But did you notice my mention above of dwarf caimans? There are two species (Paleosuchus palpebrosus and trigonatus), both commonly called smooth-fronted caimans due to the lack of the ridge between the eyes that gives the spectacled caiman its name. Neither get larger than some of the bigger commonly kept Monitor lizards. What is more, they tame down easily and stay that way. They are attractive creatures, and of course they are the kind of pet that tends to inspire keepers to build beautiful enclosures. Crocodilians have a great cachet of mystery about them—at once lazily dreamy yet brooding and calculating. They are the cats of the reptile world.
There is no doubt that even these animals do not fall within the purview of casual ownership. All crocodilians are semi-aquatic, needing adequate room to swim and submerge, and a dry area upon which they can bask. They require tropical temperatures, which can be expensive to maintain in such a large enclosure.
They are carnivores of the first order, happily taking our usual herp fare of rats and chickens. There are commercial croc chow kibbles on the market, and they can be a fine supplemental food. As with freshwater turtles, a diet of fish fillets is not recommended for two reasons. Firstly, a gutted fillet eliminates many of the nutritional components that can be found in guts and organs, leading to a dietary imbalance. (Similarly, supermarket chickens and chicken pieces are a bad idea.) Secondly, most available fillets come from marine fish, which, over time, will result in an overabundance of sodium that freshwater denizens can’t handle.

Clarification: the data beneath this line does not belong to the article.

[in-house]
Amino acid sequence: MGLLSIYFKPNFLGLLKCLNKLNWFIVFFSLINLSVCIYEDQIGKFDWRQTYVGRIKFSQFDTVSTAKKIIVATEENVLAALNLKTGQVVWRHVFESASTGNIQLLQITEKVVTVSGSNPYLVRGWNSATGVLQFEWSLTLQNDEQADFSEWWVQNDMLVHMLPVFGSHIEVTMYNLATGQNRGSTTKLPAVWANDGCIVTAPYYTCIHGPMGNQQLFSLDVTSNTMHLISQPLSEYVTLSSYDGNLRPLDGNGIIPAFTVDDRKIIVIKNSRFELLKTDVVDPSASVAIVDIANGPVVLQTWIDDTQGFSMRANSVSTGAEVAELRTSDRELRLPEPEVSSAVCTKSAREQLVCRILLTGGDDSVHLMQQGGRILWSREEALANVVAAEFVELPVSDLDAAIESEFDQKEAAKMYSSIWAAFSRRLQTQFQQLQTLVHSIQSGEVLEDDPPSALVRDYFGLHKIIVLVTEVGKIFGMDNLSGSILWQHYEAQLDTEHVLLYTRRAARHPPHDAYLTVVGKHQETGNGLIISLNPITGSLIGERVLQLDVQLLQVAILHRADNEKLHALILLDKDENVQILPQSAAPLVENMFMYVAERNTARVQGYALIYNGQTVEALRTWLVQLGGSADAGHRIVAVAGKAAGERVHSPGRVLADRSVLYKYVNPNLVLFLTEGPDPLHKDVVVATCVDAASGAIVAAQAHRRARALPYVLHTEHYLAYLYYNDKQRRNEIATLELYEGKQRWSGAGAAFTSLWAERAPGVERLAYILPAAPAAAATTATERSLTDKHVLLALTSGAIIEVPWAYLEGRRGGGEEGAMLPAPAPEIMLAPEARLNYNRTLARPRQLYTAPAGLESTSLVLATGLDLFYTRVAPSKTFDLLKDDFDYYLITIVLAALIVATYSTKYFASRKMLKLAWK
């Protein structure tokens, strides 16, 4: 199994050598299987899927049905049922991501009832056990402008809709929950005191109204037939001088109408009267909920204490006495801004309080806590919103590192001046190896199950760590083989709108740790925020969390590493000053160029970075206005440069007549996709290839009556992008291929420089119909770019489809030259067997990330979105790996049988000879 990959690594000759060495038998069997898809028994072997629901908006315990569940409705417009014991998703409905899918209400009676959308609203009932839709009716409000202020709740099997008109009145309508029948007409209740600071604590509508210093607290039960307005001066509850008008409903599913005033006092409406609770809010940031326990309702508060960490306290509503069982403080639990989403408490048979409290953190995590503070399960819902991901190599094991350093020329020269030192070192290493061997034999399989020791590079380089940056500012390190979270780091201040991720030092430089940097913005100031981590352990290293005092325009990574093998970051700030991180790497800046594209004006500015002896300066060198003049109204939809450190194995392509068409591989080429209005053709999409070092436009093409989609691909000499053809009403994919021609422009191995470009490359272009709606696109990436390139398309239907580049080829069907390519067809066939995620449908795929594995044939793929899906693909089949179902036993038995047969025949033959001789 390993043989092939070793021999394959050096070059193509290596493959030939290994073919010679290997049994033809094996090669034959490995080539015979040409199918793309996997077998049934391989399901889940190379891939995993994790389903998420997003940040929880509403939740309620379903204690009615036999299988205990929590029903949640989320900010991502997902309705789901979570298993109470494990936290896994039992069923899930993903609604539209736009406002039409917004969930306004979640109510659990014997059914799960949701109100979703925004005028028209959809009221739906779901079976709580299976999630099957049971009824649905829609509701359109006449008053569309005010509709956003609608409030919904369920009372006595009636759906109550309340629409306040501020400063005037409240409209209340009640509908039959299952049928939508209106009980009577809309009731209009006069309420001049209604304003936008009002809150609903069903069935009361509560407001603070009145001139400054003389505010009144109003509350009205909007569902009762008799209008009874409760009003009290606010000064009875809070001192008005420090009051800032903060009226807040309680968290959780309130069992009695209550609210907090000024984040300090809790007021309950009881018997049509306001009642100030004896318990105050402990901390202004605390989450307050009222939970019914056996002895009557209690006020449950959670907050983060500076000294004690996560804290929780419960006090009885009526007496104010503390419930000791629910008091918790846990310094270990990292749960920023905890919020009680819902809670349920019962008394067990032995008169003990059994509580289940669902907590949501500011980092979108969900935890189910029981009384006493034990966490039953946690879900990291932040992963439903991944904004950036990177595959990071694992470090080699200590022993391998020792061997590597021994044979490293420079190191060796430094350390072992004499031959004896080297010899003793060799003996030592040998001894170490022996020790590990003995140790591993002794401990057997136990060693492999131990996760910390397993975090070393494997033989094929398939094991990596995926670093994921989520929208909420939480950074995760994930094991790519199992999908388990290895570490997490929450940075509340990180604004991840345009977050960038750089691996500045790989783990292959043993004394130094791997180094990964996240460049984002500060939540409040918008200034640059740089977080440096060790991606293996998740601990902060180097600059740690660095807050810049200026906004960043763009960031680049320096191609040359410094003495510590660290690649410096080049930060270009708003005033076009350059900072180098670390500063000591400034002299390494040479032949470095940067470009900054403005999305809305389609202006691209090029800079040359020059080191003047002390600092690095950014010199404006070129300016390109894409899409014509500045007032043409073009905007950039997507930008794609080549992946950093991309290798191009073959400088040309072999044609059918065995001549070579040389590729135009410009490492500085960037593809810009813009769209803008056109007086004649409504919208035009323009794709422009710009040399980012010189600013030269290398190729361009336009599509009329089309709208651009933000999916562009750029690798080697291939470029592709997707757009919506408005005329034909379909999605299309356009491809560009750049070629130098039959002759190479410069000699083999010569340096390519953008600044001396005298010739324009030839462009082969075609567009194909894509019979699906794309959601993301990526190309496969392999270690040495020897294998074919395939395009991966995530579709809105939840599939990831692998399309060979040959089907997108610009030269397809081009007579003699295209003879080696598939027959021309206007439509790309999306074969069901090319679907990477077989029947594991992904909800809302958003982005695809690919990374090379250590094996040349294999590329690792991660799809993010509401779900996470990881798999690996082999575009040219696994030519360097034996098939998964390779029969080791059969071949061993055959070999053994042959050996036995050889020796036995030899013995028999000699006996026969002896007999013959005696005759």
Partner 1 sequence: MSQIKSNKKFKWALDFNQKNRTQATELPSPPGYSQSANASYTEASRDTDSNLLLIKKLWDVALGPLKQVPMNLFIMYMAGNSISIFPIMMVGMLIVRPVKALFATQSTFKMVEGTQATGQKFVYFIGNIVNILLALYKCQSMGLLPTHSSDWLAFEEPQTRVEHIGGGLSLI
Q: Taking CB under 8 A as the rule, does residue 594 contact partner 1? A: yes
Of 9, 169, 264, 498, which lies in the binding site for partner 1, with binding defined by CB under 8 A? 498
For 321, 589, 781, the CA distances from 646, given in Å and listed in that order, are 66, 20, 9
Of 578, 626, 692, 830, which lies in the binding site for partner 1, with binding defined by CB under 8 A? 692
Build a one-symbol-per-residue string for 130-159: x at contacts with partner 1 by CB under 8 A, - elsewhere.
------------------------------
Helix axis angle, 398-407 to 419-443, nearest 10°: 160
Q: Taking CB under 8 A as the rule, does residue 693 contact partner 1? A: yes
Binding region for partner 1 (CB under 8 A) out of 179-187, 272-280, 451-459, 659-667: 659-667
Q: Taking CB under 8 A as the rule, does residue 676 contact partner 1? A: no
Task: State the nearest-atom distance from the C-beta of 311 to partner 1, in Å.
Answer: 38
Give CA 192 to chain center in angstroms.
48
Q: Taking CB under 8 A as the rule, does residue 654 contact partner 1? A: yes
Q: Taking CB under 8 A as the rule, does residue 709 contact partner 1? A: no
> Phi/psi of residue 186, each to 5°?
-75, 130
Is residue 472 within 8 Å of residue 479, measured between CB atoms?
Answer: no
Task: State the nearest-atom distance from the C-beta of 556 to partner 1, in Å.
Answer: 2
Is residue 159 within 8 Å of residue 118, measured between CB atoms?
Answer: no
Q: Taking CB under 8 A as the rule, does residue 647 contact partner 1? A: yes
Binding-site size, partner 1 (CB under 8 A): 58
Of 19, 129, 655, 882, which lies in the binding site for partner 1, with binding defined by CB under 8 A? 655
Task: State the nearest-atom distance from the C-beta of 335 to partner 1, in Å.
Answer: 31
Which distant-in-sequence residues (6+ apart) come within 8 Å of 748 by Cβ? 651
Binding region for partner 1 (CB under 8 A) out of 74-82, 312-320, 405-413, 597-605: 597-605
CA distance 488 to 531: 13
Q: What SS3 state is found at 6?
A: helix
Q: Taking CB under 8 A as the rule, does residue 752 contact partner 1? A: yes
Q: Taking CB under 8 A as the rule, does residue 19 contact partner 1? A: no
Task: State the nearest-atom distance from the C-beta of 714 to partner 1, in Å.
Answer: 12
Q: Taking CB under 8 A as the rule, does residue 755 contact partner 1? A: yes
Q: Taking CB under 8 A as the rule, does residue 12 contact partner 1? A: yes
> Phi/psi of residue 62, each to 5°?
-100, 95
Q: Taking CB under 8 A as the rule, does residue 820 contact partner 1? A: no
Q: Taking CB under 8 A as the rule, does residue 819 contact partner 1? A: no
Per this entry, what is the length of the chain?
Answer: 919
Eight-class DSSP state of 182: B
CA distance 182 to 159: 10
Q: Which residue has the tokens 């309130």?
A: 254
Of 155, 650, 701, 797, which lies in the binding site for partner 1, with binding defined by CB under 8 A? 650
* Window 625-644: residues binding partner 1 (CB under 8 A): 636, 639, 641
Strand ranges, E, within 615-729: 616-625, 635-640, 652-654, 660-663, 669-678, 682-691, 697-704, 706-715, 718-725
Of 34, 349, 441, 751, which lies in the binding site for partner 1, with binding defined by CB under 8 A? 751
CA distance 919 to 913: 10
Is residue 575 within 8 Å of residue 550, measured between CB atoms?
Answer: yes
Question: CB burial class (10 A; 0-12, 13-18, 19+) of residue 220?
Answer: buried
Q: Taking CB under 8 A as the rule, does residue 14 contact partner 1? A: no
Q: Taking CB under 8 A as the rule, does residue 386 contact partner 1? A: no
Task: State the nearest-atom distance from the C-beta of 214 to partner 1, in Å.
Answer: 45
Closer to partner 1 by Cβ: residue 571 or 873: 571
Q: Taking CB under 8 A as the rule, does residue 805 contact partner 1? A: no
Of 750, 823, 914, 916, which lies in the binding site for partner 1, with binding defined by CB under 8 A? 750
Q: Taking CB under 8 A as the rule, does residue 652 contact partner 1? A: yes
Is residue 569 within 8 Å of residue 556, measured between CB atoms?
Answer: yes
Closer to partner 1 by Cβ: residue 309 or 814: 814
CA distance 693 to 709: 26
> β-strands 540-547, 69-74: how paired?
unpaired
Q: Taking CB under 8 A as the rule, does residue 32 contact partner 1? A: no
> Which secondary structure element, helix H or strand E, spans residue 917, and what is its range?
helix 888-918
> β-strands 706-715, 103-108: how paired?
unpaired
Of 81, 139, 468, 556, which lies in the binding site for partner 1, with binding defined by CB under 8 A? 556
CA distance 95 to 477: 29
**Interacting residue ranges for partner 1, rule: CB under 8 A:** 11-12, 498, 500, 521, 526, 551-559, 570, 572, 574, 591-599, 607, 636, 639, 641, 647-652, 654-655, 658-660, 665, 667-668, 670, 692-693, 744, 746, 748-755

Should you decide to work with any of the crocodilians, your first step should be to determine the legality of keeping them. You need to talk to your state department of fish, game and wildlife, but also follow through with county and local ordinances. I know that may sound obvious, but finding out after the fact that you aren’t supposed to have them will be a black mark on your reputation that could cost you to painful levels.
Again, it is the rare customer that can maintain and give a good life to a crocodilian. Those potential customers can be found through across-the-counter conversation. I am not suggesting—as I have in this column with so many creatures—that you keep a stock of these animals on hand. I especially don’t recommend you carry spectacled caimans, despite their relative inexpensiveness and inarguable cuteness. However, if your state, county and other local ordinances allow for it, you should also not shy away from discovering that rare client who wants, and can humanely keep, something like a smooth-fronted caiman. It can be a fun adventure for the client, the croc and you.
Owen Maercks has enjoyed being immersed in the world of professional herpetoculture for nearly 30 years. His store, the East Bay Vivarium in Berkeley, Calif., is one of the oldest and largest herptile specialty stores in the U.S.